No more money to be spent on coaching supplements
By Karen Hall
The director of schools is anxious to correct a bad impression given by an article in Friday's Tribune.
"The coaching supplements have not increased," said Jackie Abernathy in a telephone interview Friday. "There's no more money being spent."
School board budget committee chairman Donnie Moses confirmed this.
"It doesn't change the total amount we spend," he said.
What has changed is the ruling on how many sports one person can coach.
Previously, a teacher could be head coach for one sport, and assistant coach for another.
Starting with the 2013-2014 school year, a teacher may be head coach for one sport and assistant coach for two, as long as the sports being coached do not overlap seasons or playing schedules.
"They could not draw two assistant supplements for activities at the same time period," said Abernathy.
Effectively, this changes the cap on the amount that can be earned by coaching from $7,200 to $10,200 per year.
Abernathy hopes this change will alleviate the shortage of coaches the school system has been experiencing.
"This increases the number of people who are offered the opportunity to coach," said Moses. "We've had trouble getting assistant coaches. By allowing them to add a third sport, it may help fill some positions. We're just trying to use the existing group of people to fill some open positions."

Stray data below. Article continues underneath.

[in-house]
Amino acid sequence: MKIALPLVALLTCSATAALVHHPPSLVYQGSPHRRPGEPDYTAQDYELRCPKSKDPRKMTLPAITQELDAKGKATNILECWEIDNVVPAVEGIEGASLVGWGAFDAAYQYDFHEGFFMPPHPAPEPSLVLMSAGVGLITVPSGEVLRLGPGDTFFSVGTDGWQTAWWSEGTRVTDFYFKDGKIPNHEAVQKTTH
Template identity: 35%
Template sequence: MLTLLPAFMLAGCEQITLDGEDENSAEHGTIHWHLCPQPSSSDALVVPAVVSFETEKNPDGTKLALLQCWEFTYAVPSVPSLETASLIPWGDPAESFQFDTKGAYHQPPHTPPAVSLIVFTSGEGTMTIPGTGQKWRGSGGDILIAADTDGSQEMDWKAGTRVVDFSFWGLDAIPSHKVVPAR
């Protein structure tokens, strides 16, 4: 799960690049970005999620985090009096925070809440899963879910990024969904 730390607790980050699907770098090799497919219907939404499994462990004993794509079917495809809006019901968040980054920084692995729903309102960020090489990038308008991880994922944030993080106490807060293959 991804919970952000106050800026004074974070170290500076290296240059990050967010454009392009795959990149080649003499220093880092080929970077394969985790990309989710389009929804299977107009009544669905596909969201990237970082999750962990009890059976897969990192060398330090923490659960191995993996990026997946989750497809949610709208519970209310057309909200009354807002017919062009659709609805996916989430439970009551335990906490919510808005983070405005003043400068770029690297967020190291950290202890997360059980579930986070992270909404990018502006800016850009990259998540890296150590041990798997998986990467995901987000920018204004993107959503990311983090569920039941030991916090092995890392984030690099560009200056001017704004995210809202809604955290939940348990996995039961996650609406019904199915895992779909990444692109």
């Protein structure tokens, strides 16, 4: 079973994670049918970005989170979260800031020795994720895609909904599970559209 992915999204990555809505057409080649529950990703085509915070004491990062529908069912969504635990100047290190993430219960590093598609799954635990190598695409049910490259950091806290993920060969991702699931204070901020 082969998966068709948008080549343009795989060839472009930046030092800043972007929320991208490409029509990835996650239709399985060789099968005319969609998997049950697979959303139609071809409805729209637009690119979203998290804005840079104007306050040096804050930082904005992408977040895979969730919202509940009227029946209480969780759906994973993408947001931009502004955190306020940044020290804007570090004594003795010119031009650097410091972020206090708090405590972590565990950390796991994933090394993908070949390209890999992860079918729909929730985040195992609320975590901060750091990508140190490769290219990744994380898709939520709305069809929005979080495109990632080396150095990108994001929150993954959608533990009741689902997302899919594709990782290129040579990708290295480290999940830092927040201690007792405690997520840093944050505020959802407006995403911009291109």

Teachers interested in being an assistant coach in an additional sport will have to make a request to the athletic director of their school. If the athletic director approves it, the request will be passed on to the principal, and finally to Abernathy.
"There are going to be some challenges," admitted Moses. "But in situations where it's feasible, they will be allowed to take on another position."
Only the major high school sports (football, basketball, and baseball/softball) rate high supplements. A head coach for high school football, for instance, receives a supplement of $4,200; while coaches of lesser high school sports get $3,000. A high school bowling coach is paid the lowest supplement of any high school coach, at $2,000, the same as the coach for middle school tennis. Assistant coaches earn supplements of $1,700 to $3,000, depending on the sport.